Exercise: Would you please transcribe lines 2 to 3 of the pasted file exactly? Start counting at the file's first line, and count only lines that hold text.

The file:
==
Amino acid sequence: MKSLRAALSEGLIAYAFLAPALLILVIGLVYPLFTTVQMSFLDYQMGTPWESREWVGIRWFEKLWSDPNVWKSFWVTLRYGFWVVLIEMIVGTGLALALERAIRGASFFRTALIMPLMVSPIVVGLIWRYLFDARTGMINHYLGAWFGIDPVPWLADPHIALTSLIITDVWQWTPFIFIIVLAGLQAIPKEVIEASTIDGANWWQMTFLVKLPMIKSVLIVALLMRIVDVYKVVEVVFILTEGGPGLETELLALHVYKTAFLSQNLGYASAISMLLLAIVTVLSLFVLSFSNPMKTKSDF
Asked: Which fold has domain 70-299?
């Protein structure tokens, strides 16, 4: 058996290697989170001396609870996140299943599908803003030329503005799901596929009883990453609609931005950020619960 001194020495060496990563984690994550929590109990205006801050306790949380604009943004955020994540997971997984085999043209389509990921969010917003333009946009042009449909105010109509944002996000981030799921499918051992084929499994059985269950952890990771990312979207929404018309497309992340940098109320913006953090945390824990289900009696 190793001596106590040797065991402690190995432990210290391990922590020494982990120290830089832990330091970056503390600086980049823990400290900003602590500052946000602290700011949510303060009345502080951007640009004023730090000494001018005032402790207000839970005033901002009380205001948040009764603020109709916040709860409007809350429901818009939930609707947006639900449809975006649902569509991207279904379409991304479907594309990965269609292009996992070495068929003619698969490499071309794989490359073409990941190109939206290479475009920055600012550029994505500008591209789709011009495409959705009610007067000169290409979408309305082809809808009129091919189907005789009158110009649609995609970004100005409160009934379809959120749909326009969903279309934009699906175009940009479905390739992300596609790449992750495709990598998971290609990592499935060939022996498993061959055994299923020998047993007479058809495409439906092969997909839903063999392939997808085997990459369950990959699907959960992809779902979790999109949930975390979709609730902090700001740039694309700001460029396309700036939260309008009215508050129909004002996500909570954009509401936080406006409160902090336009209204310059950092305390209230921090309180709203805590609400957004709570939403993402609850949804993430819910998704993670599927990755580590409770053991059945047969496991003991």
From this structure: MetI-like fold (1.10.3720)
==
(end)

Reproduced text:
Asked: Which fold has domain 70-299?
């Protein structure tokens, strides 16, 4: 058996290697989170001396609870996140299943599908803003030329503005799901596929009883990453609609931005950020619960 001194020495060496990563984690994550929590109990205006801050306790949380604009943004955020994540997971997984085999043209389509990921969010917003333009946009042009449909105010109509944002996000981030799921499918051992084929499994059985269950952890990771990312979207929404018309497309992340940098109320913006953090945390824990289900009696 190793001596106590040797065991402690190995432990210290391990922590020494982990120290830089832990330091970056503390600086980049823990400290900003602590500052946000602290700011949510303060009345502080951007640009004023730090000494001018005032402790207000839970005033901002009380205001948040009764603020109709916040709860409007809350429901818009939930609707947006639900449809975006649902569509991207279904379409991304479907594309990965269609292009996992070495068929003619698969490499071309794989490359073409990941190109939206290479475009920055600012550029994505500008591209789709011009495409959705009610007067000169290409979408309305082809809808009129091919189907005789009158110009649609995609970004100005409160009934379809959120749909326009969903279309934009699906175009940009479905390739992300596609790449992750495709990598998971290609990592499935060939022996498993061959055994299923020998047993007479058809495409439906092969997909839903063999392939997808085997990459369950990959699907959960992809779902979790999109949930975390979709609730902090700001740039694309700001460029396309700036939260309008009215508050129909004002996500909570954009509401936080406006409160902090336009209204310059950092305390209230921090309180709203805590609400957004709570939403993402609850949804993430819910998704993670599927990755580590409770053991059945047969496991003991």